Transformative Education
for Health Professionals

Key Policy Issue #1: Which competencies should students acquire?

In 1910, following the recommendations of the Flexner Commission and other major commissions of enquiry (e.g. the Gies Commission on the education of dentists in 1926) that explored the quality of the education of health professionals (Frenk, et al., 2010), the principles of current medical curricula were established. The emphasis was put on the acquisition of core competencies, e.g. a minimum set of scientifically based knowledge and skills, needed to deliver health care. As a result, Flexnerian reforms centralized the training of health professionals in hospital settings, with the emphasis placed on a biomedical approach to education, at the expense of a more comprehensive understanding of social  and community health problems. Although not all educational institutions followed this biomedical model at the same pace, the result overall has been a “…mismatch of competencies to patient and population needs, poor team work, persistent gender stratification of professional status, narrow technical focus without broader contextual understanding; episodic encounters rather than continuous care; predominant hospital orientation at the expense of primary care; quantitative and qualitative imbalances in the professional labour market; and weak leadership to improve health system performance.” (Frenk, et al., 2010:5) More overtly, over the past century, the demographic, epidemiological, socioeconomic and technological environment has changed dramatically with increasingly complex and new demands on the health professional workforce. For all of these reasons, Frenk and his colleagues argue that curricula need to be adapted to produce professionals with the capacity to identify and adjust to new environments in a continuous process of learning and adapting their competencies.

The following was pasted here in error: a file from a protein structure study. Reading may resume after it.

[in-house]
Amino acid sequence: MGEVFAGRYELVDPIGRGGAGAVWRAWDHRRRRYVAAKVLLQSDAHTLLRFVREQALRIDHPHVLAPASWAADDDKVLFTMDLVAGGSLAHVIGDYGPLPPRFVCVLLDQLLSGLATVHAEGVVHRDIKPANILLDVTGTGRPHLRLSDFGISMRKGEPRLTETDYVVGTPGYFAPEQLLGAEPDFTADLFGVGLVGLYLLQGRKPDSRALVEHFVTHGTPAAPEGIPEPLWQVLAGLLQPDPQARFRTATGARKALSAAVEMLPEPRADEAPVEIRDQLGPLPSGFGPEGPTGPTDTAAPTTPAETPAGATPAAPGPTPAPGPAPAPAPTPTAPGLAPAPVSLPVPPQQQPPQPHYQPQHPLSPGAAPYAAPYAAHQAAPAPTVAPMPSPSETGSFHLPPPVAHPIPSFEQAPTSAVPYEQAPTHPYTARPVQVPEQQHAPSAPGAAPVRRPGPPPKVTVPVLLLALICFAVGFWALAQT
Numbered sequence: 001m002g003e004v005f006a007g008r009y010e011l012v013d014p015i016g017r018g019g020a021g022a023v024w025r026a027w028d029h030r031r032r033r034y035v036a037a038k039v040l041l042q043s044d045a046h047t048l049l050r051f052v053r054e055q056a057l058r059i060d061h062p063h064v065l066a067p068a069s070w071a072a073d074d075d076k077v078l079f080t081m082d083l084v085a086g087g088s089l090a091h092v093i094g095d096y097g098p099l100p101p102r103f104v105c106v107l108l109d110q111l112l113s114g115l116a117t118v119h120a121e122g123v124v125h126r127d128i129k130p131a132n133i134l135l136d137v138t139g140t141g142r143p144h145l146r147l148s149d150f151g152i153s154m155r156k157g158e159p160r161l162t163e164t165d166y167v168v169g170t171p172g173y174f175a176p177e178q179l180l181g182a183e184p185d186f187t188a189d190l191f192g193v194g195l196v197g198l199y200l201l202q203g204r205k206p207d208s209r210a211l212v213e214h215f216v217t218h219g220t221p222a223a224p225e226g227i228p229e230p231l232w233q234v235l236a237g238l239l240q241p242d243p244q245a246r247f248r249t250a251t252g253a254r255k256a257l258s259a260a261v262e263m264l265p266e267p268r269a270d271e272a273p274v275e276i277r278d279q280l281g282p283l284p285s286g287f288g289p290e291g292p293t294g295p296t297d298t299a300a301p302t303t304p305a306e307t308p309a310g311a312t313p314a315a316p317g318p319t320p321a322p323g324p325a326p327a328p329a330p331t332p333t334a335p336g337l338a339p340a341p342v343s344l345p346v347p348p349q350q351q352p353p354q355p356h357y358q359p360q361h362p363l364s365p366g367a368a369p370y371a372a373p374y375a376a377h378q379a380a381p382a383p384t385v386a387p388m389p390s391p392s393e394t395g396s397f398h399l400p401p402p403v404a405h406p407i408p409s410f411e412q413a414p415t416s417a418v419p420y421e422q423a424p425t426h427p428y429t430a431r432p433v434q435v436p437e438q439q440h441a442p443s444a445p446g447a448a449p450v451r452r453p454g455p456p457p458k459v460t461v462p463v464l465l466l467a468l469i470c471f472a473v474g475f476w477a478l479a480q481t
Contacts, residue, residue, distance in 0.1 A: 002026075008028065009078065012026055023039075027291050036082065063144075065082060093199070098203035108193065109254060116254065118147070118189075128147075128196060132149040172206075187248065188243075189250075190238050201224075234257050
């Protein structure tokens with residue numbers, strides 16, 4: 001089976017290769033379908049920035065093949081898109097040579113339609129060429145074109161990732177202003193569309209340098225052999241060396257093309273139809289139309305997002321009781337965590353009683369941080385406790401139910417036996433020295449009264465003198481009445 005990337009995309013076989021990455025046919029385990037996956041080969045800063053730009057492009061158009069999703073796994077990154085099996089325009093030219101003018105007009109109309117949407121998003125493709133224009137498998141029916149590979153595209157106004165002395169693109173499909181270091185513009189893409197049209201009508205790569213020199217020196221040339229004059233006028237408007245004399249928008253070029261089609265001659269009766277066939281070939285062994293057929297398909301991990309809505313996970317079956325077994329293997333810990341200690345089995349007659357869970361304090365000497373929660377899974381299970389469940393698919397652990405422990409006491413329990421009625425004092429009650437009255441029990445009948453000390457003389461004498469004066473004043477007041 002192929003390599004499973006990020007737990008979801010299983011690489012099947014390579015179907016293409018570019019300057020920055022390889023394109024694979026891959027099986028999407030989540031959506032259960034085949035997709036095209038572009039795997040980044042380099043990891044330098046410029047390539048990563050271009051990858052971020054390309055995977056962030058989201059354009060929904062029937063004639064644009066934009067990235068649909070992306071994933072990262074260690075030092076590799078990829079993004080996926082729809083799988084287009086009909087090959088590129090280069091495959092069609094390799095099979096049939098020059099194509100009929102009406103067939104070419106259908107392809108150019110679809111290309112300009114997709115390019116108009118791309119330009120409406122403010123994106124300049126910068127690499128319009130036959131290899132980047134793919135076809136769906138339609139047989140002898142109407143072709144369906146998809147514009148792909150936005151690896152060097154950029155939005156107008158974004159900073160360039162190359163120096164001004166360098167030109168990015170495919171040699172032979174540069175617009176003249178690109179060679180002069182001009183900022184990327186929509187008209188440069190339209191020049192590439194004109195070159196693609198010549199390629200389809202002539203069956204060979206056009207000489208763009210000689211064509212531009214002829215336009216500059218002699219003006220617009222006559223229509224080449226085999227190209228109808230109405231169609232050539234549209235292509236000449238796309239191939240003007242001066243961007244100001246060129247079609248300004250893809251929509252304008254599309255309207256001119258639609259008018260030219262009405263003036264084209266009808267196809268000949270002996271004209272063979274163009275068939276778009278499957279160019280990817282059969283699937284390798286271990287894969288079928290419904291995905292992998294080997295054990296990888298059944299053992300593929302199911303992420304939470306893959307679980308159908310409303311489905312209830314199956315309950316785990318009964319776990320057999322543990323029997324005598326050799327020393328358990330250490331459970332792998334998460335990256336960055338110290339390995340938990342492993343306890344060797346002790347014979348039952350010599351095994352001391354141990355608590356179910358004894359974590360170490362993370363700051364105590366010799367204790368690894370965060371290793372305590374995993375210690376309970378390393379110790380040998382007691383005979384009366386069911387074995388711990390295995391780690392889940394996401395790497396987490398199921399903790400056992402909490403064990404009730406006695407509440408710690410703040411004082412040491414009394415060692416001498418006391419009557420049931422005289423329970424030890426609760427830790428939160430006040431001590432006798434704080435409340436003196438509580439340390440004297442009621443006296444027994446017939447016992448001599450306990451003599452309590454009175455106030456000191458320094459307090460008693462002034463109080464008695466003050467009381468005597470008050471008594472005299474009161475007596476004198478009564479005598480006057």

Meanwhile, it is widely recognized that it is not sufficient to adapt the curricula in line with the changing environment and technologies, but what is more critical today, is that health professionals must  be able to adapt to cultural variations and values, as well as attitudes to the different health problems of populations. A good example of the sort of adaptation required is HIV/AIDS, where health workers are often faced with providing health care in an environment where the stigma of having HIV hinders their access to patients.